We may avoid this place by assuming the role of correctors. With our doctrines neatly tied up, we are evangelical experts with a keen sense of theological smell. We love to correct but not to be corrected. Like the Pharisees of old we keep ourselves out of the sinner’s place by putting others in. We are so full of knowledge that we have no room for a broken and contrite heart. Yet even Henry Martyn, great saint as he was, recorded in his diary, “I have resolved never to reprove another except I experience at the same time a peculiar contrition of heart!” He found he needed to live in the sinner’s place.

We may avoid this place by making our security in Christ a pretext for non-repentance. We are assured of our salvation, yet somehow we are no longer convicted of sin. We are like the small boy who, when sent from the table to wash his hands, returned with a big smile and the astonishing remark, “Well, they’ve had such a wash this time they’ll never need to be washed again.”

We are by faith sons of God and citizens of heaven. But we are still sinners as well. We still need to wash at “the fountain opened for sin and for uncleanness ” (Zec 13:1). Grace will never lead us into sin, but it will ever convict us of it, and sin thus revealed will always lead us back to grace. It is possible to avoid the sinner’s place by misapplying the blood of Christ, speaking of it as “covering” or “protecting” as did the blood of the Passover lamb. The sacrifice of Christ on Calvary, however, was for sin.

It is an atoning, not simply a protecting agent. If therefore we need it, we do so as sinners coming for cleansing, not as sinless ones needing only to be secured from evil outside ourselves. When we speak only of the blood protecting us, we are avoiding the sinner’s place. A student of Spurgeon (a well known English preacher) once preached before him on “The Whole Armor of God.” A conceited young man, he dramatized his message, putting on the armor piece by piece, until, having fortified the whole, he waved the sword of the Spirit and cried triumphantly, “And where is the devil now?” Mr. Spurgeon leaned forward and said, “Young man, he’s inside that armor!”

We must watch that we do not let Satan in by forsaking the sinner’s place. Our hearts are deceitful above all things and, like the mythological Proteus, will adopt any guise to hide their true nature. Beneath our spiritual phraseology and church reputation we are but poor sinners, who need to be cleansed every day in the blood of Jesus.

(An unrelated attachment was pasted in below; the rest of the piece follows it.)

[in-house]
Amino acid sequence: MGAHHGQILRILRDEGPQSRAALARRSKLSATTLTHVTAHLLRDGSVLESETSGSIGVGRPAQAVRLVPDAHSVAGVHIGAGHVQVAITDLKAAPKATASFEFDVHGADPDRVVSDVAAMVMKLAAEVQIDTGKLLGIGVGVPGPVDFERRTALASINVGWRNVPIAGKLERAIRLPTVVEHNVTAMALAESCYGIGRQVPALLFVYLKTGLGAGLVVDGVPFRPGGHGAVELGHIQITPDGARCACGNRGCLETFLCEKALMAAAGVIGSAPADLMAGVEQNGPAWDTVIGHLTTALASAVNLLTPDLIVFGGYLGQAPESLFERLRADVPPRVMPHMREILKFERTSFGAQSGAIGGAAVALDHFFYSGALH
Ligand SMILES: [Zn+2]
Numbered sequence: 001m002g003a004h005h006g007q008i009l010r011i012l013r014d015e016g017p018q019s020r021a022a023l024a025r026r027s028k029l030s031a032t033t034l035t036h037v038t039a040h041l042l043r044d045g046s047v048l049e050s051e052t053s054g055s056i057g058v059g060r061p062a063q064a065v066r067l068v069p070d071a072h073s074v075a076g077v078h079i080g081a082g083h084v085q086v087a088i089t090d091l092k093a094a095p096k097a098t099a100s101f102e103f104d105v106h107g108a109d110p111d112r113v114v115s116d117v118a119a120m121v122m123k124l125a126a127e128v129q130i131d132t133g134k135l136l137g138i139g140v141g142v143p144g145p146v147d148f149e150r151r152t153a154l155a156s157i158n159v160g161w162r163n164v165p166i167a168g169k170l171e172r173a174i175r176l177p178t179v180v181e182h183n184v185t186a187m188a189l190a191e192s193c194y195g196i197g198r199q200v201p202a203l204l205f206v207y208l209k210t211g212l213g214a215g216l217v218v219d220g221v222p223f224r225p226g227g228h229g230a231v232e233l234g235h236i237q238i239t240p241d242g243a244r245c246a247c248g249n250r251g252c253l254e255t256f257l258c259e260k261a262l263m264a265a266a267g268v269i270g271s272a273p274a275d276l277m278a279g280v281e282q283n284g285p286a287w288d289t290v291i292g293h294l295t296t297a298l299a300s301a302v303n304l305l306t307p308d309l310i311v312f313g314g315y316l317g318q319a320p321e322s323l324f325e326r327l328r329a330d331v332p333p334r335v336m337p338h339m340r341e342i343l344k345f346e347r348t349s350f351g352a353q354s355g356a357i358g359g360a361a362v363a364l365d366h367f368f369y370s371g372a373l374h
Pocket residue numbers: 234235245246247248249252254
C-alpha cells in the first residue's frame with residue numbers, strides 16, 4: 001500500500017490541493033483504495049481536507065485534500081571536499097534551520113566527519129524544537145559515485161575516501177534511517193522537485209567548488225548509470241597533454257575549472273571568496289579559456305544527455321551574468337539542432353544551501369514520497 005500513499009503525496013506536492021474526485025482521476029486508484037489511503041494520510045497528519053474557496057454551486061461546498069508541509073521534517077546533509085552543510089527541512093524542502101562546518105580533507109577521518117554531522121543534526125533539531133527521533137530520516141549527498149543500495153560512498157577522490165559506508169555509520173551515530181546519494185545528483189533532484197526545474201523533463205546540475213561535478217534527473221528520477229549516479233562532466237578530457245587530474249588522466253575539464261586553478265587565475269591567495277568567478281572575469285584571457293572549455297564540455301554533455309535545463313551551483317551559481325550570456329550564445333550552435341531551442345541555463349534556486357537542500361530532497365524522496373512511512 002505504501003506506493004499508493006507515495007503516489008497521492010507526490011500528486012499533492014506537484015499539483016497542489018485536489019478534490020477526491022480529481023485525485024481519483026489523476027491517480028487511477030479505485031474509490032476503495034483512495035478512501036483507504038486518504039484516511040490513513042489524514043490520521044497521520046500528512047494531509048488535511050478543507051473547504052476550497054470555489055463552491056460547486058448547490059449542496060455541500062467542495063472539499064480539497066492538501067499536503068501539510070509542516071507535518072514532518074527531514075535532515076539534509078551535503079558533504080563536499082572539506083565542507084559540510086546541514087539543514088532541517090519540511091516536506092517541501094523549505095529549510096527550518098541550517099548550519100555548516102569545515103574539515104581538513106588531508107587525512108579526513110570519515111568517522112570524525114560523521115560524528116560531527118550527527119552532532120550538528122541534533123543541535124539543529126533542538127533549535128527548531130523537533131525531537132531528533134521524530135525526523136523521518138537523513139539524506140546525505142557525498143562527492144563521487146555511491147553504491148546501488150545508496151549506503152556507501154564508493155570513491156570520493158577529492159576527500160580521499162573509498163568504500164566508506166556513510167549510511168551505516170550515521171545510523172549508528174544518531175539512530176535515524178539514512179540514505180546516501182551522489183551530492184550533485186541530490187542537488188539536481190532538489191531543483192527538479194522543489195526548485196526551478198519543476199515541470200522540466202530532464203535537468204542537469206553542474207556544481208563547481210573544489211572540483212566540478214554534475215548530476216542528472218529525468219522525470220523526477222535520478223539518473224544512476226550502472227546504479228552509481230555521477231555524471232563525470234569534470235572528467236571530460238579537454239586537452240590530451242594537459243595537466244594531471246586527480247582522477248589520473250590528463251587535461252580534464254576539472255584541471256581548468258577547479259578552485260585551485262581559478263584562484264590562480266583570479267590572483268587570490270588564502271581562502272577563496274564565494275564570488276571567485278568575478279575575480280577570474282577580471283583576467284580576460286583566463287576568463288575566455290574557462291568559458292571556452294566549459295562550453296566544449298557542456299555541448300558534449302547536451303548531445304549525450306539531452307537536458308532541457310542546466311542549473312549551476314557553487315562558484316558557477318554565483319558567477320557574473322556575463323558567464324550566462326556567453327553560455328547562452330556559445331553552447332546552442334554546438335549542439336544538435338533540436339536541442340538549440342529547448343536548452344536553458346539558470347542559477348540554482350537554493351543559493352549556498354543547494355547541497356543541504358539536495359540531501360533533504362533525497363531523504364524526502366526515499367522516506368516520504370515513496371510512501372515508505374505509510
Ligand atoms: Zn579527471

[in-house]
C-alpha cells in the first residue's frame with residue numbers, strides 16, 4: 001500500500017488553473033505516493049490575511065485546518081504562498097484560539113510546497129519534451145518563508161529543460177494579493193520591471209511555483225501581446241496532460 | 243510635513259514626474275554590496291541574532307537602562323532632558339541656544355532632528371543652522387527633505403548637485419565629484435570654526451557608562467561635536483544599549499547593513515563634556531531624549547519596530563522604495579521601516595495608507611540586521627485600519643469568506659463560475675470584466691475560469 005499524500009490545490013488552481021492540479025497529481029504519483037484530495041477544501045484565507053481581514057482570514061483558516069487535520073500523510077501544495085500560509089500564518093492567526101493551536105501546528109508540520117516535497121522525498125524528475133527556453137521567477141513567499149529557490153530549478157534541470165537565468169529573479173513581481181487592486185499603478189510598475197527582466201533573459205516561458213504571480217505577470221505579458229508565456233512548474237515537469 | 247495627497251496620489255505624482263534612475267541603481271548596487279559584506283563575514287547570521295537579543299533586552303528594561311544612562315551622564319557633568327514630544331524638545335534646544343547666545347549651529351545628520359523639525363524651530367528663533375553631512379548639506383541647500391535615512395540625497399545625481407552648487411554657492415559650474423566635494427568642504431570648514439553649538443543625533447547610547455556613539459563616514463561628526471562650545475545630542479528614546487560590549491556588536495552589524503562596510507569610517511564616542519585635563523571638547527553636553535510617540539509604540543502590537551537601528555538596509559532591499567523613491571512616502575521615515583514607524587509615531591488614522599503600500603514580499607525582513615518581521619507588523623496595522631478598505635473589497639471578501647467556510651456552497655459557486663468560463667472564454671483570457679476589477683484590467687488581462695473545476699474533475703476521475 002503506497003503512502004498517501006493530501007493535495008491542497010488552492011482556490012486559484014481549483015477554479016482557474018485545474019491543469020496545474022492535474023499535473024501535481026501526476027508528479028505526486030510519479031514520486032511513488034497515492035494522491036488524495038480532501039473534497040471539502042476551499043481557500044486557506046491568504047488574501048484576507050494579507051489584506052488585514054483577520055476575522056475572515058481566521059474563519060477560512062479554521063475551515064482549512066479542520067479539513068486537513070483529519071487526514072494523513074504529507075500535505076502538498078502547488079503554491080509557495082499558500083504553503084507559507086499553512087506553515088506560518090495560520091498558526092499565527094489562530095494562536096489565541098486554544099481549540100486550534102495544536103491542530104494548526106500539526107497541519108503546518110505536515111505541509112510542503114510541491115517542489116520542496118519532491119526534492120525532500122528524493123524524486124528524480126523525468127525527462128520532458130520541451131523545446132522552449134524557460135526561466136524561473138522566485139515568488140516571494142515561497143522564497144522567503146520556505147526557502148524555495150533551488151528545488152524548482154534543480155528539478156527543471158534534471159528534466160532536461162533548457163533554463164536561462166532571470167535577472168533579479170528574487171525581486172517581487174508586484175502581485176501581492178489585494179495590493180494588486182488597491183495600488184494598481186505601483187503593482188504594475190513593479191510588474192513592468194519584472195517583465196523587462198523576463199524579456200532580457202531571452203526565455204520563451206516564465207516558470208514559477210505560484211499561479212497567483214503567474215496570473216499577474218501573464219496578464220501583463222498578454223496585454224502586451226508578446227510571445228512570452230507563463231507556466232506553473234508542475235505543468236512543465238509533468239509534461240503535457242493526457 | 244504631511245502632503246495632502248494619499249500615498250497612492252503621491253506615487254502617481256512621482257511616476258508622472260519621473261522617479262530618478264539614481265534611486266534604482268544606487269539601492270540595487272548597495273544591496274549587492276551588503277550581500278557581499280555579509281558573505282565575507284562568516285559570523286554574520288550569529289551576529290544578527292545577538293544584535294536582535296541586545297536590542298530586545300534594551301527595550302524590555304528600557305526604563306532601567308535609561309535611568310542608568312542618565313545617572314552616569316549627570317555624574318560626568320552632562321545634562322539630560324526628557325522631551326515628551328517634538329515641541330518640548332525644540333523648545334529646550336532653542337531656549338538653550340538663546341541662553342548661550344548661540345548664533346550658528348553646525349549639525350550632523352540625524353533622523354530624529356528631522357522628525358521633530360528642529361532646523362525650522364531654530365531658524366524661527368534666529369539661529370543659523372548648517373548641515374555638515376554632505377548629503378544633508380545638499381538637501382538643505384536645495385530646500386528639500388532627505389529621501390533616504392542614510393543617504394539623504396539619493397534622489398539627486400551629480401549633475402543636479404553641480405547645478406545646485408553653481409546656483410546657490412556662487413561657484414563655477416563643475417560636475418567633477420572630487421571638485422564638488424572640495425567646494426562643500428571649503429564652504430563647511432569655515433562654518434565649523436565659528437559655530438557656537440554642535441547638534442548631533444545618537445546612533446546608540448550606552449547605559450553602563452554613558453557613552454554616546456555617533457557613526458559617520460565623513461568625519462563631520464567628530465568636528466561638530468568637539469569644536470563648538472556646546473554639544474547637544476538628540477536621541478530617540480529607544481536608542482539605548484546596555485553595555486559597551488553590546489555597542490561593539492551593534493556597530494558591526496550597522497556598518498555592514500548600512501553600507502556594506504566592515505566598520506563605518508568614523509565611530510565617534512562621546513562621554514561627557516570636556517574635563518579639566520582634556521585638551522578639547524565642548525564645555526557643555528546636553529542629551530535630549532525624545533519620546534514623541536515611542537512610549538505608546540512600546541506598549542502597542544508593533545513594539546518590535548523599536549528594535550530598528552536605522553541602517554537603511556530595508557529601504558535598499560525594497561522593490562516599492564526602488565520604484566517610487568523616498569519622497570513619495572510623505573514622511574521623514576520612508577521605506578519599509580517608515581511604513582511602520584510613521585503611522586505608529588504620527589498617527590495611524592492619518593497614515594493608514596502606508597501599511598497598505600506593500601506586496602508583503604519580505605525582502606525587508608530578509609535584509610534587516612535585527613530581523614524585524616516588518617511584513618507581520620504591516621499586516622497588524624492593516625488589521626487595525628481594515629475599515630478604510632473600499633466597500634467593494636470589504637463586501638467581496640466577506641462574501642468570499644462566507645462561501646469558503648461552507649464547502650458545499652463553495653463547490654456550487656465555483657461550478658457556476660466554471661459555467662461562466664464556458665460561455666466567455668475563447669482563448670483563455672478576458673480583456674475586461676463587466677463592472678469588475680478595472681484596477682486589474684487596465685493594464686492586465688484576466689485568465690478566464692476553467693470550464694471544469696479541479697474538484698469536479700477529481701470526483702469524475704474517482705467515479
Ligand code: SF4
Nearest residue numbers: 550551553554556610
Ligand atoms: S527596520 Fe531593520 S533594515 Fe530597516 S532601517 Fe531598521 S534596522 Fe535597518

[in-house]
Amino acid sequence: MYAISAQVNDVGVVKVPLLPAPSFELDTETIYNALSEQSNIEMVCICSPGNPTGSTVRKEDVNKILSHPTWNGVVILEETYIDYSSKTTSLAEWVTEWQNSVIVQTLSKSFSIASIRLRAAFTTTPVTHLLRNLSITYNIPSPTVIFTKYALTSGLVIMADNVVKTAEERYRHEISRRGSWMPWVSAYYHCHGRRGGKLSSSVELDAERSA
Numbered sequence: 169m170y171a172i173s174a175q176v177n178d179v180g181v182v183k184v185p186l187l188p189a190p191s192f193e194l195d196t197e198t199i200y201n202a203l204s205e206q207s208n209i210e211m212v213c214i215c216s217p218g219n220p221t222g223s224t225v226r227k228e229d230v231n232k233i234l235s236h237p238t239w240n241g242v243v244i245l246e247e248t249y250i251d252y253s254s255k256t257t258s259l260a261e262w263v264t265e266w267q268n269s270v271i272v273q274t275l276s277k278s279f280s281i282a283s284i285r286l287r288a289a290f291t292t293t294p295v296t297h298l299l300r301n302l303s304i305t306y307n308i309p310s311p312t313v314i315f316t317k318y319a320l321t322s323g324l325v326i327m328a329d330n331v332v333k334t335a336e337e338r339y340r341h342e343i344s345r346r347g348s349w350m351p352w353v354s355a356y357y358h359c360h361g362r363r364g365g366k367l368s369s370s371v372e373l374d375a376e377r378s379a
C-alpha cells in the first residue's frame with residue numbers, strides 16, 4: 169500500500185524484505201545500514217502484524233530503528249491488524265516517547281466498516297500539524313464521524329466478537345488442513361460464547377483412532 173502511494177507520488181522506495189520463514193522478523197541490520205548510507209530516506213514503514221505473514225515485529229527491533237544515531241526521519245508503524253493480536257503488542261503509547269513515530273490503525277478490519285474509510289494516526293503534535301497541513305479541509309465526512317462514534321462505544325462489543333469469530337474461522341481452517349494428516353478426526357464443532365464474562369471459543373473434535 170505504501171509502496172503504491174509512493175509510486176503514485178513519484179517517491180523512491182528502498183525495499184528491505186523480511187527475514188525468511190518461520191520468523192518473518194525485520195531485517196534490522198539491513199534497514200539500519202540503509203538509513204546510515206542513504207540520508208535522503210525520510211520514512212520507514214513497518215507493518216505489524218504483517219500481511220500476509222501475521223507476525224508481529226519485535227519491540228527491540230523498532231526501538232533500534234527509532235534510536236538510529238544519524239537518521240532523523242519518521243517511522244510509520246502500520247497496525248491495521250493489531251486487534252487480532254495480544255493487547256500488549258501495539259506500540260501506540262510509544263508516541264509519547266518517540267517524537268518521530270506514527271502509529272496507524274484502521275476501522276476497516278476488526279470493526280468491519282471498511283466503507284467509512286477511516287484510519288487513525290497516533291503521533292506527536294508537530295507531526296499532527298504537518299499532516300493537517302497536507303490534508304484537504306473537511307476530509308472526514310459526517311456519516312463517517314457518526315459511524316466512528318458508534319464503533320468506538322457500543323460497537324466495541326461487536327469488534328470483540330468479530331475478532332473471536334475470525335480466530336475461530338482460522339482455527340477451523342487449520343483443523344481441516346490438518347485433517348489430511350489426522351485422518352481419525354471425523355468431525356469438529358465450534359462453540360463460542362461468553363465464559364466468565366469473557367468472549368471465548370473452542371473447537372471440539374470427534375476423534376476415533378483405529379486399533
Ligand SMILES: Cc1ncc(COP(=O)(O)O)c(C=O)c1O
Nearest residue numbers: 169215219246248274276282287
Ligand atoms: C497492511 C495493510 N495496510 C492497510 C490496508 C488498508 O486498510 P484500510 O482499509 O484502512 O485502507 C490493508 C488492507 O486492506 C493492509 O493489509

Is it not strange that the place we sinners avoid is the very one the sinless Savior took? Surely if He were the Son of God He would have come down from the Cross! Miracles, mighty sermons, even resurrection itself we could expect of such a One, but not a baptism in Jordan with publicans and harlots, or a criminal execution with murderers and thieves! Yet this is where He came, for His face was set towards this place from all eternity.

There on the same level a sinner met Him that day. Unlike his comrade who died blaming others and cursing God, this dying thief admitted guilt and found forgiveness. Peace and paradise came to him as he took the sinner’s place and found Jesus there. This is the paradox of grace. He who insists he is right will be pronounced wrong, while he who admits he is wrong will be declared right. The righteousness of God is only given to those who stand in the sinner’s place. Here and here alone is the place of true peace, for here we cease our strivings and find our God. Here is rest of heart and heaven’s door. Here we cast away our pretense, and admit what we really are. Here we come to Jesus to be cleansed by His precious blood. Here the Holy Spirit fills and holiness is found. Here are the springs of revival. This is where the whole church needs to come again and again. It is the place of truth and grace and freedom-the sinner’s place. When were you last there? In fact, are you there now?